Missing Dark Matter
A bizarre, ghostly galaxy lacks dark matter.
Galaxies and dark matter go together like peanut butter and jelly. You usually don’t find one without the other. But one recently discovered galaxy called NGC 1052-DF2 is nearly entirely lacking in dark matter. Researchers were astonished when they viewed its image captured by NASA’s Hubble Space Telescope. Dark matter is an invisible substance that astronomers believe plays an important role in the formation of galaxies and is thought to comprise 85% of the universe’s mass. This discovery not only challenges the ideas of how galaxies form, but also provides evidence that dark matter is real. It shows that dark matter is not always coupled with regular matter in galaxies and that it has its own separate existence. In addition to lacking dark matter, galaxy NGC 1052-DF2 is an anomaly because you can see straight through it. This is called an ultra-diffuse galaxy because it has an extremely low density. As a result of these findings, a team of researchers are hunting for more dark-matter deficient galaxies to better understand the nature of dark matter and the formation of galaxies. Watch the video to learn more.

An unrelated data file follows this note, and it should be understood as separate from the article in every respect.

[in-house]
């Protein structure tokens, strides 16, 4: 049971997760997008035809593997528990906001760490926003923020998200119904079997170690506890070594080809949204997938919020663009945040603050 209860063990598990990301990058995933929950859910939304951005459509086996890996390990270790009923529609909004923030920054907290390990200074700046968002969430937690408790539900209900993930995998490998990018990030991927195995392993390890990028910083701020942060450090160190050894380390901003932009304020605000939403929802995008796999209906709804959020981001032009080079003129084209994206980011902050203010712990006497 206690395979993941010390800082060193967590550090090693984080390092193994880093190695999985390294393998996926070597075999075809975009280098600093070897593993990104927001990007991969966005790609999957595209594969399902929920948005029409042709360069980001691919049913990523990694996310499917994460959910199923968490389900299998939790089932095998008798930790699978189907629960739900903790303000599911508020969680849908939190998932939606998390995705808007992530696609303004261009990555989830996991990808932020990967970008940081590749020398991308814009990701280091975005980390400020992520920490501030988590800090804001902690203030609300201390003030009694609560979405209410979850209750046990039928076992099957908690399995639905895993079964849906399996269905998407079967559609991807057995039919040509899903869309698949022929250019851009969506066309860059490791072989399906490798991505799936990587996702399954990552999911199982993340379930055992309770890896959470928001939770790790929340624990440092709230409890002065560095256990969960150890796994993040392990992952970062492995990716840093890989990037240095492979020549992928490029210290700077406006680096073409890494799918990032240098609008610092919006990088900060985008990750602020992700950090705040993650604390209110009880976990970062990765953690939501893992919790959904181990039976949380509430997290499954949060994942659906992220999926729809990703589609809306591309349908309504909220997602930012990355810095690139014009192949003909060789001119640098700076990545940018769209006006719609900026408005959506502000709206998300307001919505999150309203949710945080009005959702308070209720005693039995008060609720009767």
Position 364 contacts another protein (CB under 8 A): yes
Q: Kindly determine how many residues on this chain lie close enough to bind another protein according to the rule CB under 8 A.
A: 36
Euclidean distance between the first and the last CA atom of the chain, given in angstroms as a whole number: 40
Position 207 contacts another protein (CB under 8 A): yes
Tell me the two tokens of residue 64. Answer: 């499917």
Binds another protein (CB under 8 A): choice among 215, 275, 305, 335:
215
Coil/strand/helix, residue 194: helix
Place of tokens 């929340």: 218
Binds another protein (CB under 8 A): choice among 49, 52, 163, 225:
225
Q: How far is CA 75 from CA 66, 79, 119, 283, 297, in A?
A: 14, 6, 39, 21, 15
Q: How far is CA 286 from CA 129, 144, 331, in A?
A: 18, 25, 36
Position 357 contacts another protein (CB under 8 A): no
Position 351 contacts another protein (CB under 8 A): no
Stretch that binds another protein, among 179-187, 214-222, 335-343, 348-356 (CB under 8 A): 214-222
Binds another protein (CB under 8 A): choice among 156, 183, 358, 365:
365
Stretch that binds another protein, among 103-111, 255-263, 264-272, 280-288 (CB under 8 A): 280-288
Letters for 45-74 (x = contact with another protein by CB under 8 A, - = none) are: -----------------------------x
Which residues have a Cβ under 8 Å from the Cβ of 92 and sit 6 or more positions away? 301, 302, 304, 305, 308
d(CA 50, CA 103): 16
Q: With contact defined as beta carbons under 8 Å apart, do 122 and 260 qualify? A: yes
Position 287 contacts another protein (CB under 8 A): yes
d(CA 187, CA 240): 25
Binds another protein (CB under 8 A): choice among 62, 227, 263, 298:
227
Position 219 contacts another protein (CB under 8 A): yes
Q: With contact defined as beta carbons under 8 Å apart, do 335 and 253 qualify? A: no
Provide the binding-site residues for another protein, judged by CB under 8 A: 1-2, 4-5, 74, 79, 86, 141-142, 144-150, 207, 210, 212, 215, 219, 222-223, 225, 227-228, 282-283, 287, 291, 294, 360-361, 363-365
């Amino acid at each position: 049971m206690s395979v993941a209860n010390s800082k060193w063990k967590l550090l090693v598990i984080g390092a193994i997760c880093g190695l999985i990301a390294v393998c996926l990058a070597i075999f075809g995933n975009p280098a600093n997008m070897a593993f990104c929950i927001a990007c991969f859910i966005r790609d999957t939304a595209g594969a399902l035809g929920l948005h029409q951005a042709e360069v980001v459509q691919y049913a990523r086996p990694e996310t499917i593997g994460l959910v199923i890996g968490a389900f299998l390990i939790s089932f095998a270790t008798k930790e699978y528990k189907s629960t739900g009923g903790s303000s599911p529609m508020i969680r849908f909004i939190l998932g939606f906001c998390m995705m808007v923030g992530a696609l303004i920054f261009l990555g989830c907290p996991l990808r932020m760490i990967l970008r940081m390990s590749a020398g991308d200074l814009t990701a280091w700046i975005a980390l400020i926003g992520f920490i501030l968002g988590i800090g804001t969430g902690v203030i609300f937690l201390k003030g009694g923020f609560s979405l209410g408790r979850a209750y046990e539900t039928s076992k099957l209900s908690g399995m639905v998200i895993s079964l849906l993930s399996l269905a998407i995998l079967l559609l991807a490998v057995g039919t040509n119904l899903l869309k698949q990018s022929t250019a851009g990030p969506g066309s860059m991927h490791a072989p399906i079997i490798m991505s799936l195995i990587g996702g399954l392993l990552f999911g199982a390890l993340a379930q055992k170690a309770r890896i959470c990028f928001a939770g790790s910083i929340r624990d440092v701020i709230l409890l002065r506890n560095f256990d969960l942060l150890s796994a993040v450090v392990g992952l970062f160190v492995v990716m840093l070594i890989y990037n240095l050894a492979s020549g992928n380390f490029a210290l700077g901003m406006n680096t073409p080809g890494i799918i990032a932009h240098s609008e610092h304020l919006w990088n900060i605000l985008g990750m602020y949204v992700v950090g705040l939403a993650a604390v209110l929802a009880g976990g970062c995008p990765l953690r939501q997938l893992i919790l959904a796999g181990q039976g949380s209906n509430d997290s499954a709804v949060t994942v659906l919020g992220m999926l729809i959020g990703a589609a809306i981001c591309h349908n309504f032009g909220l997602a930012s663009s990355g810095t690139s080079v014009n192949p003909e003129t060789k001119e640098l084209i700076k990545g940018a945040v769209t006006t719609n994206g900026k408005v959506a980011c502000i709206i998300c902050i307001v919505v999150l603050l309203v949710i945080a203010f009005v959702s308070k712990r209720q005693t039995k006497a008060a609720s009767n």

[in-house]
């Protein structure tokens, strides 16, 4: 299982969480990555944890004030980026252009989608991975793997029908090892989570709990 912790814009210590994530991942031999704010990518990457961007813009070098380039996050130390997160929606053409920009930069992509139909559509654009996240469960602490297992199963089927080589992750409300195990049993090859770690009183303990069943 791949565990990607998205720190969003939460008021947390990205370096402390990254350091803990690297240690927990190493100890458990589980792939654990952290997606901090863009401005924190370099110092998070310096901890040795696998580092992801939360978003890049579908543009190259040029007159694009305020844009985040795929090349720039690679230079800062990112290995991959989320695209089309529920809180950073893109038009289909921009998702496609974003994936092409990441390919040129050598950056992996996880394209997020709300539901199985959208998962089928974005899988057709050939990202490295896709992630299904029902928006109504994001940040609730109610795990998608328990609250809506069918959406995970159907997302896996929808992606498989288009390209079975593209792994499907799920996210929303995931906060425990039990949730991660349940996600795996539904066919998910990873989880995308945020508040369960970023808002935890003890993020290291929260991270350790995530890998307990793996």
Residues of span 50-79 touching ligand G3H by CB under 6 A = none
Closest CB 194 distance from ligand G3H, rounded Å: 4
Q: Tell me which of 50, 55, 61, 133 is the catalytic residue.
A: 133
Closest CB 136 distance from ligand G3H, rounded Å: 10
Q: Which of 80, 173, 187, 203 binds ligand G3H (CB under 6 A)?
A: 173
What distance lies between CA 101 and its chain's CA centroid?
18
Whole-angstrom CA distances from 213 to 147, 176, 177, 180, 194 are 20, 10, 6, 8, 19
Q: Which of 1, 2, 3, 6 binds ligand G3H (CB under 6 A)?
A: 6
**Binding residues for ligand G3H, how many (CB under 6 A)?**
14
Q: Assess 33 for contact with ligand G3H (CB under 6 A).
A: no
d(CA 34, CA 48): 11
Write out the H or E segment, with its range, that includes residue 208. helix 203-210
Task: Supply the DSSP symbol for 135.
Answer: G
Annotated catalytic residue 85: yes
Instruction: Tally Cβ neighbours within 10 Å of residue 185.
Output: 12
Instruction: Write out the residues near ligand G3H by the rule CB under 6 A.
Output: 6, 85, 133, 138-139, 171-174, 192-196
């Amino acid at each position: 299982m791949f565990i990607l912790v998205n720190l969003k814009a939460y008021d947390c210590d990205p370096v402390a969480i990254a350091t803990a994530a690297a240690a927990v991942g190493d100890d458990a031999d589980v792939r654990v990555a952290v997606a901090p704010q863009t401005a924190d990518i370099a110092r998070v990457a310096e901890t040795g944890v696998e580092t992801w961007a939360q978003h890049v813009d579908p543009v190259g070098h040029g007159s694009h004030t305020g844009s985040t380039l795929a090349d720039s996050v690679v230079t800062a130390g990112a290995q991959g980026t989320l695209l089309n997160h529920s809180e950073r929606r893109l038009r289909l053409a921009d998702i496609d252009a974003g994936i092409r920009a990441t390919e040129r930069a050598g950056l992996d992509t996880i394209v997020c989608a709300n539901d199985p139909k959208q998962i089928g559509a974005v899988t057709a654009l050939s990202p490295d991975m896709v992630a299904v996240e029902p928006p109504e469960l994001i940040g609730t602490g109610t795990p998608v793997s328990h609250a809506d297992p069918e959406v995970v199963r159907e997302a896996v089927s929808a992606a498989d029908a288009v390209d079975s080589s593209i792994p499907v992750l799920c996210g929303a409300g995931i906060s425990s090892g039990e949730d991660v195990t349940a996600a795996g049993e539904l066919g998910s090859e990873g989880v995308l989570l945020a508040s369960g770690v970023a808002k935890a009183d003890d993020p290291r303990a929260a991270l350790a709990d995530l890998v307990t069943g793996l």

Learn more about dark matter and why the discovery of galaxy NGC 1052-DF2 puzzled astronomers.
The ghostly galaxy NGC 1052-DF2 is about 62 million light-years away from Earth and about 10 billion years old.
Using the speed of 10 bright star clusters, researchers calculated the galaxy's mass, which is entirely accounted for by visible stars.
For More Information
Please give credit for this item to:
NASA's Scientific Visualization Studio
Image Credits: NASA, ESA, and P. van Dokkum (Yale University)
- Pieter van Dokkum (Yale University) [Lead]